Open Campus for High Schoolers

Isabel Klawiter

Mount Vernon High School has applied many new guidelines to slow the spread of the coronavirus pandemic. However, lunches are still packed, and difficult to spread out. To help reduce the spread, it would be beneficial for the school to become an open campus. With many students living in Mount Vernon, it could help with social distancing.

Using the new hybrid scheduling, 190 students attend school, acknowledging  the risks of being around so many other people. With lunch in the cafeteria or outside, there’s only so much room for students to sit at tables socially distanced, so they are often forced closer than six feet without masks. Even with the staff  trying their hardest to keep everyone safe by having two different lunches and also limiting four people per table, students should be allowed to go home and eat. This calls for the school to allow an open campus, ensuring the space needed for more people to social distance while eating, keeping students and staff safe.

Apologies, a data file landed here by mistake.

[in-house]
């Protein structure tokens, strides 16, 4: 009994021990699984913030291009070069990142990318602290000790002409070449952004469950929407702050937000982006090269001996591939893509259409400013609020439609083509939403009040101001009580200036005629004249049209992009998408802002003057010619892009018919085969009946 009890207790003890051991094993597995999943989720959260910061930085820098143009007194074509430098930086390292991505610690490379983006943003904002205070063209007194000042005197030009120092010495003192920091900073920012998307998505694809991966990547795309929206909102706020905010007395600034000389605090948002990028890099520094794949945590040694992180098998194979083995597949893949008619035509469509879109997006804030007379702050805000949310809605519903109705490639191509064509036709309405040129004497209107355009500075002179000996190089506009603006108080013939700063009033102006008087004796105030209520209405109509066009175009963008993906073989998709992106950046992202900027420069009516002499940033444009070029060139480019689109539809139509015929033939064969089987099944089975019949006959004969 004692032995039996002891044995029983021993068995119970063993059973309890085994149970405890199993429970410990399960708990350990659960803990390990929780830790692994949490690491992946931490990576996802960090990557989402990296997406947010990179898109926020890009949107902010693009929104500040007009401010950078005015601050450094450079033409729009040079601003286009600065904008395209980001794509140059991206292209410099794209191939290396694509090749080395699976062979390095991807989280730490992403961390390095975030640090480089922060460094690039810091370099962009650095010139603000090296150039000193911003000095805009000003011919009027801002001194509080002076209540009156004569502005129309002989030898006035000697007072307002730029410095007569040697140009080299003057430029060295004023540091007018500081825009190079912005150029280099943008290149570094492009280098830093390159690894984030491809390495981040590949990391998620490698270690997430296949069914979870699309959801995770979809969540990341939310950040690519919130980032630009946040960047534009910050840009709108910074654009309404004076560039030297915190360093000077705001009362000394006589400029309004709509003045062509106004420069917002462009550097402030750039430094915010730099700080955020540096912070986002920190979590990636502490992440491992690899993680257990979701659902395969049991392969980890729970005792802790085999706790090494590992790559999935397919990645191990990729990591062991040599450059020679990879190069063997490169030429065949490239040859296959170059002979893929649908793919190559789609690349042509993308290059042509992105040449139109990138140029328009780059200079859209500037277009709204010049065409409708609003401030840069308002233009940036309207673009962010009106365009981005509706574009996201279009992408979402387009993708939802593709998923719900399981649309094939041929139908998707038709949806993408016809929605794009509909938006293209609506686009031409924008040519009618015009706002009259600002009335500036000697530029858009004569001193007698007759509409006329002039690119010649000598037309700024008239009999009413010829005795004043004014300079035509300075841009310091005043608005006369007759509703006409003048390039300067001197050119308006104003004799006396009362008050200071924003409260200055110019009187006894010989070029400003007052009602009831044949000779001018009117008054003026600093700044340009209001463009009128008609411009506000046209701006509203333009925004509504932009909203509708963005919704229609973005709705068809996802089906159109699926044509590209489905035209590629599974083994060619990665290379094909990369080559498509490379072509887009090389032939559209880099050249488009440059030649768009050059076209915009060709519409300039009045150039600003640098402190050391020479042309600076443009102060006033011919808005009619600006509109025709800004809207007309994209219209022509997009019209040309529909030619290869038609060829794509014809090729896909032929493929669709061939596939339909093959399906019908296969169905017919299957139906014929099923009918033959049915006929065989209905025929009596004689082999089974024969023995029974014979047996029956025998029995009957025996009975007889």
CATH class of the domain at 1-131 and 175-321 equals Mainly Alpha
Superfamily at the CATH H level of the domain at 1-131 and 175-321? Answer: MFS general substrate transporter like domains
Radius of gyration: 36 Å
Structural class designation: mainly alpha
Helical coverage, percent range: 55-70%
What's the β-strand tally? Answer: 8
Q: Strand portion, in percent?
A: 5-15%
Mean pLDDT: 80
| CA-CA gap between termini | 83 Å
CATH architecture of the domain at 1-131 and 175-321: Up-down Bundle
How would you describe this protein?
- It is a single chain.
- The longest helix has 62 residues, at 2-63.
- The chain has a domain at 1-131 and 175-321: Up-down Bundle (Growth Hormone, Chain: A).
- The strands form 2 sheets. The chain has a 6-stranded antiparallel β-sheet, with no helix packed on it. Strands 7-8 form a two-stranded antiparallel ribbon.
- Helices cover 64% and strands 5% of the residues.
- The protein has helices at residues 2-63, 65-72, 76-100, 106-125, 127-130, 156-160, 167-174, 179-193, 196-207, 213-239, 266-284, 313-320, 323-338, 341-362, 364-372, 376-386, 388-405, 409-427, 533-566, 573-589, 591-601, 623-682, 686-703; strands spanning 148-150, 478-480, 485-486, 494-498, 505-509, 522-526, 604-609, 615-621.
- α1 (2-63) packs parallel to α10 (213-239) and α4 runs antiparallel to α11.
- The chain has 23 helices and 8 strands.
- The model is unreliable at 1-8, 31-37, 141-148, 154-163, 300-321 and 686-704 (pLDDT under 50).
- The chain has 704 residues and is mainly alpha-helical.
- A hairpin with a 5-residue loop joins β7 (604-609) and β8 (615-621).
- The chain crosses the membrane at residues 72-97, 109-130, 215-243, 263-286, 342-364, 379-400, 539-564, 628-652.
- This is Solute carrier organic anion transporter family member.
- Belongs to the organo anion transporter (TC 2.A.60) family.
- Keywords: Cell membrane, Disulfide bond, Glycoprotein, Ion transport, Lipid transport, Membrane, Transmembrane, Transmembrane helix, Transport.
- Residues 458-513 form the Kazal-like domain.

Hesitance from the school board stems from a place of total distrust in their high school students. If an open campus was granted, school’s staff would need faith in students to be on a timely schedule. With lunches only being 28 minutes long, students who live out of town would not have enough time to go home, eat, and come back, but for those able to make it back should be allowed to do so. With only limited time at lunch, an open campus can help decrease the number of students during lunch, making it safer to combine the two lunches to become double the time: 56 minutes. This would help students who live further away go home as well. During this time, students can destress and prepare for the rest of the school day. Also, they don’t need to be put in a stressful situation where they feel uncomfortable taking their masks off to eat. With an open campus, students can freely take off their masks when social distancing away from peers and teachers. Furthermore, people who have health concerns would be able to get what they need without having to worry.

 Some may be concerned that it may increase the number of students arriving late or skipping classes. However, student expectations could remain the same: to attend classes on time. The same expectations are put into place for attending the first hour, but just at a different time.

Even though some might not be able to take advantage of the opportunity, others can feel safe when allowed to go home during lunch period, making the lunchroom less-crowded and safer for all. An open campus will keep the number of students in the cafeteria during lunch down while allowing the students that stay to have more than a six foot social distancing gap.